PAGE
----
Bob and I started making arrangements to leave for Cincinnati.  We both talked to Millie on the phone and she sounded OK.  Bob had to re-arrange his appointments for the following week and I started packing, asked my parents to keep Ellie Mae (my black poodle) and we would take Fergie (my apricot poodle) with us, and talked with my DIL to postpone our grandson's birthday dinner that we were going to have here last weekend.  We left for Cincinnati on Friday not sure of how long we would be gone or what to expect when we got there.  We drove 6-1/2 hours (it should have taken 7 hours) and went directly to the hospital. 
We were not prepared for what we saw.  The difference and drastic decline in Millie in one month was big.  She was extremely thin, lost all her hair, and was obviously in a lot of pain.  I know it took Bob by surprise and I just started to cry. 
Without going into a lot of very sad and painful details, she got continuosly worse every day.  She talked a little bit when we first arrived on Friday, and by Sunday she couldn't talk at all.  The diloted (pain medicine) was steadily increased until it was changed to a morphine drip by Tuesday morning.  Bob stayed by her side from about 6:30 in the mornings until late in the evenings, taking small breaks to eat or go back to his sister Debbie's house close by for a nap.  That Tuesday he had just left her side at 5:00 pm to come back to the house to get something to eat and just as he was leaving to go back up to the hospital at 6:25, his brother called to say she had passed away.  With seven children, there was always at least a son, daughter, daughter in law, son in law, boyfriend of a daughter, granddaughter or grandson by her side.  Millie had eight children but Bob's brother's twin passed away 10 years ago today.  Needless to say, that is also weighing heavy on the familie's minds right now.  Millie also had four brothers and sisters that visited in and out and she had a boyfriend of 38 years, ever since she and Bob's dad divorced.  Larry spent the night with her each night she was in hospice, except for the night he showed up drunk and Bob's sister, Brenda, took him home with her.  Larry is one year older than Bob.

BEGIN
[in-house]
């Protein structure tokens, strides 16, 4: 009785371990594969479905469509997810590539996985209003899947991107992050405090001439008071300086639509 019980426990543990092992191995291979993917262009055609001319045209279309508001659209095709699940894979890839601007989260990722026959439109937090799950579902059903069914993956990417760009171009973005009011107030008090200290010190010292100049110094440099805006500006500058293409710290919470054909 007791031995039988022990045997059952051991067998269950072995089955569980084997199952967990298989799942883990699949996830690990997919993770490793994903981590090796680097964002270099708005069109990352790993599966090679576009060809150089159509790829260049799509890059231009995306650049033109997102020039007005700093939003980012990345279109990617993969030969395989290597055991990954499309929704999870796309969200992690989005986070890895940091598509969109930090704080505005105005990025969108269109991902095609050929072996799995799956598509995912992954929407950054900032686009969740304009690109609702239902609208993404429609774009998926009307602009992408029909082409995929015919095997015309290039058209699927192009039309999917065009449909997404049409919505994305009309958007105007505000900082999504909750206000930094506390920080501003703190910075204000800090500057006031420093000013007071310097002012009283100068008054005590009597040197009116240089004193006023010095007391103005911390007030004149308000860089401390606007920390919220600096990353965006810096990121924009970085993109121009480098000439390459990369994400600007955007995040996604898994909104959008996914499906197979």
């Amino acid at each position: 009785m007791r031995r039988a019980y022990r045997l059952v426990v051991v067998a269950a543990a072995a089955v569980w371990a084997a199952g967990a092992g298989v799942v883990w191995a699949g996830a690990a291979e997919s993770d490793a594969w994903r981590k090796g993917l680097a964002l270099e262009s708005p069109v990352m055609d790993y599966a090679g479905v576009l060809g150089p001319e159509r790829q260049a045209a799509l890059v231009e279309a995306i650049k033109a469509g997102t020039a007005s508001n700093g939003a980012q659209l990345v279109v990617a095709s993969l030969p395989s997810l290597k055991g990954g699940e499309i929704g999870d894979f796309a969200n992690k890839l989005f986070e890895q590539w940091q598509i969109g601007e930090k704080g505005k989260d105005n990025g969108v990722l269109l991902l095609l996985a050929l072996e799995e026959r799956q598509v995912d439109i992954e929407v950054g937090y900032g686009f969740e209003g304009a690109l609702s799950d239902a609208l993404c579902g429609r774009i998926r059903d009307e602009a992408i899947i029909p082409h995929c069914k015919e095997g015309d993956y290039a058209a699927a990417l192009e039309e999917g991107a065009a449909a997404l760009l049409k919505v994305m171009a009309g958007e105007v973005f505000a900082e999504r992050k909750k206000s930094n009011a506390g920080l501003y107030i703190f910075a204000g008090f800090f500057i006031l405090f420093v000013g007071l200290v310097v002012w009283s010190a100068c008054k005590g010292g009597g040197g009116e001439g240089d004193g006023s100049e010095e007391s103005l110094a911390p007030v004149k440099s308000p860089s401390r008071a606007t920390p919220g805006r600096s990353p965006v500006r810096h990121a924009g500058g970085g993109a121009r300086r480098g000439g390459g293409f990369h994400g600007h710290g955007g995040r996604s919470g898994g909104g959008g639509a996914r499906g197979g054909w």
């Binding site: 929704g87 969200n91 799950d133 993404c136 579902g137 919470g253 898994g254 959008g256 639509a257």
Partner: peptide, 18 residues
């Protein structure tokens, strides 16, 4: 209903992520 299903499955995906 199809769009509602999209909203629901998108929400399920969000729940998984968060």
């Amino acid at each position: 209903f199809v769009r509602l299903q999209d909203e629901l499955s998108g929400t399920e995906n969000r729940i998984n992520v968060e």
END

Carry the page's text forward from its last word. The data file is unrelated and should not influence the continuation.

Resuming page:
You're probably starting to get the whole background picture now.  There was total chaos and uphevel going on behind the scenes for this whole week.  This is too much to go into right now.  These stories could take at least one other post.
Bob and Debbie made all the funeral arrangements the following morning and they did a beautiful job.  The funeral was Friday from 11:00 to 3:30 and everything went well and it was a well attended (family alone was a large crowd) funeral. 
We headed home directly from the cemetary.  Bob's job was done and done well.  He was there for his mother and it was comforting to stay with Debbie and her husband.  The behind the scenes turmoil was just too much to take.  We couldn't wait to get back home and try to calm back down into our comparatively good life. 
We now smile when we think of good times with Millie, the vacations that we took her on with us, and how she made us laugh.  We are trying to get the images of the last 5 days of her life out of our mind.  We don't want to remember her that way.  We are so glad she is no longer in pain and in a much better place.